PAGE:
Write compassion into the new faith

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The Independent Online
One by one our gods fail us. Paternalistic capitalism, corporatism, communism and, latterly, untrammelled individualism have all been advocated, tried, and largely or wholly abandoned. The old isms are in disarray. Yet the Nineties are not characterised by a retreat into pragmatism and materialism. On the contrary there is a search for meaning and a preoccupation with ethics. If the Sixties were about sociology, the Eighties about economics, then this is the decade of philosophy.

The last decade was awash with words such as consumer, yuppie, market and manager. This one is very different: the new buzz terms are community, responsibilities, civil society and cohesion. Thus in Tony Blair's proposed new Clause IV, unveiled this week, we find a commitment to "create a community ... where the rights we enjoy reflect the duties we owe ...", a society "which nurtures families" and where "decisions are taken ... by the communities they affect".

The key words are community, family, rights and duties - not government, councils or individuals. It is a change of political language that reflects the beginning of an attempt to remodel society and the people in it - a new "project".

An influential figure in this trend is the American professor Amitai Etzioni, who was in London this week. Etzioni's "communitarianism" is said to have influenced the Labour leader. For Etzioni the key is "civil society" - the network of formal and informal organisations and groups, ranging from the family to Neighbourhood Watch, from the WI to the local gay group - to which we all belong. This third leg of the stool (the other two are the state and market) has, he says, been neglected and must now come to the fore.

It is difficult to disagree with this. Civil society has been sadly neglected in the political rhetoric of both left and right and yet lies at the heart of the problem of social cohesion. The problem is how you describe civil society and determine what precisely is the problem.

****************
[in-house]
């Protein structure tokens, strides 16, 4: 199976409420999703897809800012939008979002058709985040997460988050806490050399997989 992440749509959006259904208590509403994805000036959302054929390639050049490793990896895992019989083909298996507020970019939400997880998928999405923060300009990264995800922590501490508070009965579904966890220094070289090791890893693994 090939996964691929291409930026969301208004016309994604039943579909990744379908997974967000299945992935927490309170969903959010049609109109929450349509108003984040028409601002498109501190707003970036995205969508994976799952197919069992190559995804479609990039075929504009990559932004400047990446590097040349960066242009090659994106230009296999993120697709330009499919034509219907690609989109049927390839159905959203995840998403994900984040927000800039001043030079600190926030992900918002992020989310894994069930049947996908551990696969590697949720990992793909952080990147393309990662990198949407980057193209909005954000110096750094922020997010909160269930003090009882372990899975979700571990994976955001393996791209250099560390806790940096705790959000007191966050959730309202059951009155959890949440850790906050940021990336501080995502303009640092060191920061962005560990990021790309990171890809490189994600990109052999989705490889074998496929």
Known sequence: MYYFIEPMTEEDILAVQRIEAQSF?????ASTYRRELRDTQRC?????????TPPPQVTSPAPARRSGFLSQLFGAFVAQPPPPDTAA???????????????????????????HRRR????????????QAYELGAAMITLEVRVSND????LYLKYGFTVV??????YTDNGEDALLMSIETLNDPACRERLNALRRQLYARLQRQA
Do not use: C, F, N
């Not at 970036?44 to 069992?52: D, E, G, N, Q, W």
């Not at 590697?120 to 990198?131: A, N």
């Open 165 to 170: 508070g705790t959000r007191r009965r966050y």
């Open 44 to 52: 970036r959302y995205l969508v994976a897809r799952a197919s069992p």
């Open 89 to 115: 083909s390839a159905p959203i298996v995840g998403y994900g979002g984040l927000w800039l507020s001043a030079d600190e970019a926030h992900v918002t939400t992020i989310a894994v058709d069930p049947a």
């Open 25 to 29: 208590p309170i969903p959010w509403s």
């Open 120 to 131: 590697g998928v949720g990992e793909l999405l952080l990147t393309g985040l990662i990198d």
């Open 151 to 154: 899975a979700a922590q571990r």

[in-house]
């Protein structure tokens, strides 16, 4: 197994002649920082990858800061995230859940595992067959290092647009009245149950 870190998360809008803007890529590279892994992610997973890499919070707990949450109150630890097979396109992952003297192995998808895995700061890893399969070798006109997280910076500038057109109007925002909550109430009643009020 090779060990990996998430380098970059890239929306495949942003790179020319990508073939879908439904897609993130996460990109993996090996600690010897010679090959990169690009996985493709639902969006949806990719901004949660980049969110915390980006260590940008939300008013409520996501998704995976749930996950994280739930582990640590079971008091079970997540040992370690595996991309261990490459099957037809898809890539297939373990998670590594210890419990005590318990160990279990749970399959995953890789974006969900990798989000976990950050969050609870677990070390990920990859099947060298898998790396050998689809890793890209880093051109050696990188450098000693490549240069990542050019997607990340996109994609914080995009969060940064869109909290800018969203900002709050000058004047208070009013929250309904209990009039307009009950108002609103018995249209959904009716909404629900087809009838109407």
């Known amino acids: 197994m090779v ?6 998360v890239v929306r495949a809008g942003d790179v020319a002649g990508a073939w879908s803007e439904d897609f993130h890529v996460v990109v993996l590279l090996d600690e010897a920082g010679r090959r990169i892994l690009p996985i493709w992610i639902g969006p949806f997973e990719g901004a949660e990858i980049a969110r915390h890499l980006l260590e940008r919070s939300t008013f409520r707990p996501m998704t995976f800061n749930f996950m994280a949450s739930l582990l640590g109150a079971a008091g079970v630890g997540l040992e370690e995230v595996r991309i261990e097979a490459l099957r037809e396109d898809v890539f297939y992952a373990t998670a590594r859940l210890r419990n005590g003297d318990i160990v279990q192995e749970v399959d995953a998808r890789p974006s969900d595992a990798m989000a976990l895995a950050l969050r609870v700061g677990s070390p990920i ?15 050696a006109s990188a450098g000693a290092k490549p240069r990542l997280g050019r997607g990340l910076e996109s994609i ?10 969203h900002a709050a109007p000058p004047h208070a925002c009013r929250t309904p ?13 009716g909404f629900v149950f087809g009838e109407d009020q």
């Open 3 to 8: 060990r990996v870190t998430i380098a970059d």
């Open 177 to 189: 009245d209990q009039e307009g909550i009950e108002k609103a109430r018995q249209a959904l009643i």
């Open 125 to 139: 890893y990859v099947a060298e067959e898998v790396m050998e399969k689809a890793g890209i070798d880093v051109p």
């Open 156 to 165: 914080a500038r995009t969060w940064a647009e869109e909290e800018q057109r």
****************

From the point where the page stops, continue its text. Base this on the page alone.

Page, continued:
Take the family, for instance, which is central to Etzioni's analysis. He argues that we spend too little time helping our children to become moral beings. We are - or have become - bad parents. Yet the consequences of our actions are not ours alone, but are felt throughout society. This is the parenting deficit that needs to be made up. It would help if there were more two-parent families, fewer divorces and more time spent at home.

Fair enough. But many women fear that Etzioni's arguments will lead to demands for a return to pre-feminism. There is a strange gender-blindness about much of his writing. He pays little attention to the feminist revolution. There is little acknowledgement that there can be no return to the old- style family, nor that the big problem concerns masculinity. There is a fear that communitarian-inspired policies designed to buttress the family will consist of cuts in single mothers' benefits, tightening divorce laws and encouraging women back into the home.

But this need not be the implication. Although Etzioni's analysis of a parental problem is clearly right, his deficit could be made up by transforming men's role within the family rather than by restricting women. If men were more valuable as parents and husbands,women would be less likely to begin families without them, divorce them or be forced to choose between a career and the welfare of children. Many men now believe this.

Even so, lots of families will fail. When they do a punitive attitude will not help. Of course parents need to understand the likely results for their children of divorce or separation, but if it happens help will be required, not condemnation.

The idea of building up the power and influence of "civil society" is also good and important. Far from being backward looking, this perspective is in tune with very modern, devolutionary instincts. The more citizens can be entrusted with the means to run their own streets, schools and facilities the better. And it is reasonable to expect individuals to observe certain codes of behaviour.

But individuals also have rights that need to be protected. In any community there is always the danger that moral leadership will be assumed by zealots or busybodies, whose pleasure lies in excluding others rather than empowering them. Part of the new contract would have to include the constitutional protection of the citizen through a Bill of Rights.

There is room for a new settlement which balances the needs of the community with those of the individual. But it must be flexible and compassionate, or it will become yet another inadequate faith.

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